Utahns) that they are these dens of inequity, where all morals are loosed, and
are filled with slobbering drunks. More examples of over generalizations run
amuck. Yes, many people go to bars to have a drink. More go there to hang
out with friends in a neutral spot, to chat, to watch a game, to meet new
people. I best love this whole "we need to protect our
children" line. Is it your opinion that in other parts of the country Bars
are filled with under age drinkers loosing their virtue. Good grief.I don't drink. Have no desire to. I held many of these like views when
I lived in Utah. Now living with normal people, I have found that guys go to a
bar to watch a game. They don't leave drunk, and they are good church
going and family people. These over exaggerations are laughable.
@jttheawesomegreat commentAlso I think it should be
noted that a restaurant with a liquor license is NOT the same thing as a barThere are neighborhood restaurants all over the city and they do not have
issues because food must be consumed along with drinking; mitigating some of the
effects of the alcohol
cachedoutCenterville, UT"@procuradorfiscal How many of those
16,885 alcohol-related traffic deaths were caused by people walking home from
the bar? Oh, right. Zero.I always get a big laugh out of people who
quote statistics that actually contradict their position. Nicely done."I don't know about the Zero. In Las Vegas I have helped more than
one drunk individule accross a street or over ruff ground to saftey while being
cussed out for judging them all the way.I have seen them hit and killed as
well as the unsespecting driver being injured in their damaged car trying to
miss the drunk.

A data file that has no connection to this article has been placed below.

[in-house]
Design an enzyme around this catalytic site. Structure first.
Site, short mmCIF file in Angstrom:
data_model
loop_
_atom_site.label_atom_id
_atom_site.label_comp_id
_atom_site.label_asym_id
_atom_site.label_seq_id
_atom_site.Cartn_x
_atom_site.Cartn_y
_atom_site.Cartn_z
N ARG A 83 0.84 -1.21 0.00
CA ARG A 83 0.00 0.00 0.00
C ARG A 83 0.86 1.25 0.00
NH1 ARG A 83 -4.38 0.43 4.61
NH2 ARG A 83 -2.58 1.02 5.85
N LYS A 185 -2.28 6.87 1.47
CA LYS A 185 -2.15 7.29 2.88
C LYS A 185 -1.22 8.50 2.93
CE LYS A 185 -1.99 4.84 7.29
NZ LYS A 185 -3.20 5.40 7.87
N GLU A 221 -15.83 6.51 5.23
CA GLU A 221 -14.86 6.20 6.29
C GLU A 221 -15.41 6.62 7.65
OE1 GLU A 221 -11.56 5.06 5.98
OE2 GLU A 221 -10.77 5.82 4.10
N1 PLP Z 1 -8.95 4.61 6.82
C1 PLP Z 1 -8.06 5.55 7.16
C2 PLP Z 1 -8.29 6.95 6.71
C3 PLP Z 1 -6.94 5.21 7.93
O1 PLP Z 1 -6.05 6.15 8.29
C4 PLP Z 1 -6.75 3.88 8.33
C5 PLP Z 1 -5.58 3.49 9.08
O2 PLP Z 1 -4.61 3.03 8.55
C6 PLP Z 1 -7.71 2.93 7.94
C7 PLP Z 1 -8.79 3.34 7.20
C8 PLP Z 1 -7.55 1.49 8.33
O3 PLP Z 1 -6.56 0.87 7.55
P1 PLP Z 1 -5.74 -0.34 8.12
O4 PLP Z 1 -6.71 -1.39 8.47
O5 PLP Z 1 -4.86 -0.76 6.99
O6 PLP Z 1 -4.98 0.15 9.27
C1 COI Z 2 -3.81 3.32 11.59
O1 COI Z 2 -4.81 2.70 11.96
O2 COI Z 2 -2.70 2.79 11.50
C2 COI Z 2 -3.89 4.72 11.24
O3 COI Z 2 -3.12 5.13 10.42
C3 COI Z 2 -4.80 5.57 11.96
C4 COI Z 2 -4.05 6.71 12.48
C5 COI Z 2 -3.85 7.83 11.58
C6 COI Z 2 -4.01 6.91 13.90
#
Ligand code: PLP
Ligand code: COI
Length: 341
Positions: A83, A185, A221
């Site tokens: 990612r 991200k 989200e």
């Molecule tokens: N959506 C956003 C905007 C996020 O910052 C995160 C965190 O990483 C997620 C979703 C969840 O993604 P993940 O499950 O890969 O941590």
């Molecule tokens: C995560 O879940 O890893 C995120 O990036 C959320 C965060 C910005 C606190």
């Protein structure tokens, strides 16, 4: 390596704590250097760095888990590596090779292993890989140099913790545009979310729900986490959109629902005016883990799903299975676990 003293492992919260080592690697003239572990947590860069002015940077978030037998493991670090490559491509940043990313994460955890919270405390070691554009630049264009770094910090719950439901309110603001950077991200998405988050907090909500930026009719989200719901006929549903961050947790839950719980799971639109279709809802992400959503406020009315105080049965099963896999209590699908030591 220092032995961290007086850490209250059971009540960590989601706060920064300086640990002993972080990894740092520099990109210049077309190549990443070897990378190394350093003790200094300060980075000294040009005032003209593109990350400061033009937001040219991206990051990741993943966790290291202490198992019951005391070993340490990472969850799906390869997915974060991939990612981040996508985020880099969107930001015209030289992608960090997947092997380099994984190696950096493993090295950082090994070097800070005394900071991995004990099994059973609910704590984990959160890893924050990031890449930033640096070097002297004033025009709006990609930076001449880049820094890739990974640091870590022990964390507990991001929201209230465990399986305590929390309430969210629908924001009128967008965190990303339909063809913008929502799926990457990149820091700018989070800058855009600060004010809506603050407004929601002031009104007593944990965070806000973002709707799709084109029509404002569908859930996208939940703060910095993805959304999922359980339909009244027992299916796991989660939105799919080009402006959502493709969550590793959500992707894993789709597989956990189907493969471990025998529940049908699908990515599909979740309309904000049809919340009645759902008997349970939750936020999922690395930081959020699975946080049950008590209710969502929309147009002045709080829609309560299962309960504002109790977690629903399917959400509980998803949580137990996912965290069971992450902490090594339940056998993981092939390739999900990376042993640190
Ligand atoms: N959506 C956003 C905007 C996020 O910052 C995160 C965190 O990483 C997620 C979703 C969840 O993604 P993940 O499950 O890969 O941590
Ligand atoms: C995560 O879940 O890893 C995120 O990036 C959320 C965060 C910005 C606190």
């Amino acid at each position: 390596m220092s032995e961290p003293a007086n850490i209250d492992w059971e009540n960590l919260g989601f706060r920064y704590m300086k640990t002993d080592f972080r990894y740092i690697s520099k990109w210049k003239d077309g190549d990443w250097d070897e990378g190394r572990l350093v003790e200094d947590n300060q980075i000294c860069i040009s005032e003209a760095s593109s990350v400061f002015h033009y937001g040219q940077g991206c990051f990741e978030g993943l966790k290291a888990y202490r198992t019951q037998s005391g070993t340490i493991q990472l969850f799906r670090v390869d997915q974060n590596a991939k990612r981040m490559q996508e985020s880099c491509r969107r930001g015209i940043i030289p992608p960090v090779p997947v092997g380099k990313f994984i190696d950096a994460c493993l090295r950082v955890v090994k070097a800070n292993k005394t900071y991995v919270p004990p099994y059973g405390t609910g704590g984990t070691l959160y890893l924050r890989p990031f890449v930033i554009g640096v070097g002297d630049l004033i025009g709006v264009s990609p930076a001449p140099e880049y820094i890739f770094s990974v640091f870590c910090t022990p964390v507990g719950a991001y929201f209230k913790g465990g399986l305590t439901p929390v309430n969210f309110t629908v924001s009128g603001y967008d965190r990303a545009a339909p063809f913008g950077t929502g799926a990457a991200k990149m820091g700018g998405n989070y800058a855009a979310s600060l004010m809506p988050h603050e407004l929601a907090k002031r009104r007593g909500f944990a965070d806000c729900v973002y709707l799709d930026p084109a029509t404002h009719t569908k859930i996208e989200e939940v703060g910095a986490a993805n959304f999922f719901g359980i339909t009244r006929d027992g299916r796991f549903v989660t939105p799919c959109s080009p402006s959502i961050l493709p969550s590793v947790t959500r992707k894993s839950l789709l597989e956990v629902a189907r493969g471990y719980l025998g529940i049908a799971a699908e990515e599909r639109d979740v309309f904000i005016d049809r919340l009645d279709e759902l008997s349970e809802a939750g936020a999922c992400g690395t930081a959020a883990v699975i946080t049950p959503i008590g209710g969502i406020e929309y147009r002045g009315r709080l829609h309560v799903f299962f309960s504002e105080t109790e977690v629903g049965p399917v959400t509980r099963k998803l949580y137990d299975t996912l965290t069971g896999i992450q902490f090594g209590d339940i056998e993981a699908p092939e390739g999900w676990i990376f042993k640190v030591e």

@jttheawesome"Establishing bars near areas that obviously are heavily
Mormon neighborhoods"Salt Lake City is just about the least, if
not the least, Mormon part of the state. @procuradorfiscal"please take credit for 16,885 [2005 figures -- last figures I had when I
updated my slides in 2008] alcohol-related traffic deaths"That
depends, do you want to take credit for the over 10,000 gun caused homicides in
2004? "no one honestly believes that more alcohol outlets in
more neighborhoods will have any effect other than increasing drinking."At a minimum it won't reduce drinking. I doubt people would start
drinking because of it so more likely it would be from people going out maybe 6
times a month instead 4. What it would also do though is reduce the commute to
and from the place they're drinking at which could reduce drunk driving
rates.@Liberal Ted"The city needs to restrict renters from
voting on the future of the city and allow actual homeowners the ability to
decide what is going to happen."If I wanted to restrict guns as
much as conservatives wanted to restrict voting, I'd be called a fascist.
@Liberal Ted"Would it kill anyone to have to walk a few more blocks to
the business district to get a drink? "It might... someone who
has to walk 10 blocks to get a drink might be more likely to drive drunk than
someone who only has to walk 4 blocks.
Think all this may be part and parcel of the "consequence of evils and
designs which do and will exist in the hearts of conspiring men in the last
days?" I was asked. No. This last days thing is hooey. Fear mongering
fabrication, like the real motive behind the idiocy that is liquor law in utah.
As if I didn't need a reason to NOT live in SLC here comes another one!